"Salve!" A voice boomed. The smithy was a towering faunus, two boar tusks jutting out from underneath his jaw. Noticing the tunic she dressed in and the staff on her shoulder, he 'harrumphed'. "I'm still settling in. What does your master need?"

"A new pugio," Blake said, dipping her head. "My master is Optio Yang, of the Fourth Centuria."

The smith grunted, fishing out a scrap of parchment from underneath a collapsible bench. After reading through the list, he dropped a quill and ink next to it, and gestured at her to sign it. "That's your master's name," he said, pointing. Blake knew, but didn't dare to voice that. "Normally I'd ask for her in person, but I we're restocking shortly, so I'll allow it."

Blake made a scribble next to Yang's name on the ledger and received the new dagger. Sliding the dagger from its scabbard, she noted it was of sufficient quality to replace the one strapped to her thigh. More than enough to keep Flavia off my back.

Marching out of the tent, she made for the Legion's provisionary tent when a cry of pain distracted her. It was Dove. The malcontent. His friends were escorting him to one of the stockpiling tents, concern writ large on their faces. Their eyes darted about like fish, silver knives in tiny ponds.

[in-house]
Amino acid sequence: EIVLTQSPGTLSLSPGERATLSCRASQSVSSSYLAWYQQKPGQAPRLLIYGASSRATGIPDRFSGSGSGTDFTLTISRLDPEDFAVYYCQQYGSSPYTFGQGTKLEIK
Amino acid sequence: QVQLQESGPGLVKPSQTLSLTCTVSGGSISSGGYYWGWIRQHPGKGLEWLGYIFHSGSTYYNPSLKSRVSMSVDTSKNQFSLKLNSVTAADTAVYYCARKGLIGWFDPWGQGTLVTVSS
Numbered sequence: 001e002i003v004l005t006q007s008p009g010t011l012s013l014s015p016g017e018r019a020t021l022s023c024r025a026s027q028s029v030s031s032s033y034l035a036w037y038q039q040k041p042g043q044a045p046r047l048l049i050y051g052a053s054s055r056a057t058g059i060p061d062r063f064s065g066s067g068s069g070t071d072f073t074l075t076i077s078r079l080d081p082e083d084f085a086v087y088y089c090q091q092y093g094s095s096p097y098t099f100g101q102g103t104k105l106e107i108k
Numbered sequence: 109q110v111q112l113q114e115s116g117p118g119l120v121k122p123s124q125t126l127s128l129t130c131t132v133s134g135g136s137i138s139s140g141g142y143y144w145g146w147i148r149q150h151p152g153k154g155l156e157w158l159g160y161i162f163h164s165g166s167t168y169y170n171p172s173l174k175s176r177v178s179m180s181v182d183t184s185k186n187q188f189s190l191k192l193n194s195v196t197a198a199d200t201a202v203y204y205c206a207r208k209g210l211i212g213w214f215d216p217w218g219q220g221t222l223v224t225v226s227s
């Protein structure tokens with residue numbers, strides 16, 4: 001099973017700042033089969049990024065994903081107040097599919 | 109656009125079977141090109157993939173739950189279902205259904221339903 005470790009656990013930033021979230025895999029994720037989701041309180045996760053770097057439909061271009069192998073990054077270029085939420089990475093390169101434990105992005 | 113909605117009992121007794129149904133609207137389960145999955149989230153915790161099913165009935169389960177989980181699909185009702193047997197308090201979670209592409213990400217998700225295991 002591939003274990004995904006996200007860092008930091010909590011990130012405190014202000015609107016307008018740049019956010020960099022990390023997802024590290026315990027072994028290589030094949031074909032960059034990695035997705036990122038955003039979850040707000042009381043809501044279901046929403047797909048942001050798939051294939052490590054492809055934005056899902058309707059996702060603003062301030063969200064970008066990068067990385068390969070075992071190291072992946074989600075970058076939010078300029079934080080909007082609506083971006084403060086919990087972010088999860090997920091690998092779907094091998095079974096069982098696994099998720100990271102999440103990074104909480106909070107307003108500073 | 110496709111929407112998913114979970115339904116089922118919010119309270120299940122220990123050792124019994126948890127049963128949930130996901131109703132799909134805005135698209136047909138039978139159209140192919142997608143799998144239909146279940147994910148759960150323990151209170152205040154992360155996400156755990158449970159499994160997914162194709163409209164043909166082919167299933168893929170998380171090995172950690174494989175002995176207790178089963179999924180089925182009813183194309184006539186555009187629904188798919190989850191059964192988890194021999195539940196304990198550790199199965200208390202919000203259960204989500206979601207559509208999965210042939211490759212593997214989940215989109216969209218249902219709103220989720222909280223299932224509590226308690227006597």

There is something amiss. Her ears twitched, desperate to hear more. With the dagger obtained, she could spare some time to eavesdrop. Ducking out of the smithy's tent, she drank deep of the morning air, stilling her mind.

Her feet fell silently upon the grass, her breathing no more than a whisper. With a quick glance to make sure the Quartermaster's guards had their attentions focused elsewhere, she threw a sharp elbow into a rack of pilum.

They fell to the ground with a deafening rattle of metal and wood, but Blake was already moving. Two steps and a rolling dive took her to the canvas of the stockpiling tent. She rolled underneath the flaps, entering it unseen. Once inside, she threw a nearby blanket over her head and curled up into a ball behind a stack of crates.

No one had seen her.

"What was that?" One of Dove's friends asked. Russell Thrush… green-haired boy from his contubernium. "Did you hear that?"

"Calm yourselves," Cardin said, peeking out from the main flap. "A few pilum fell over. Lazy bastards in supply can't even set up a rack right."

"Whole Legion's falling apart," Dove snorted. "First Ruby's made Centurion, and now the baggage boys start slacking."

"Easy Dove," Cardin rumbled. "Are you so eager for another lashing?"

"There won't be another one," Dove growled. "I'll be fine in a few days."

"Then what?" Russell asked. He bent closer to Dove, and their conversation continued in whispers. Blake dare not move and draw attention to herself. Instead, she flattened her ears, pointing them in just the right direction to pick up their speech.

"Then we do something about her," Dove hissed.

Cardin rumbled his discontent. "I don't like this, Dove. That's dangerous talk."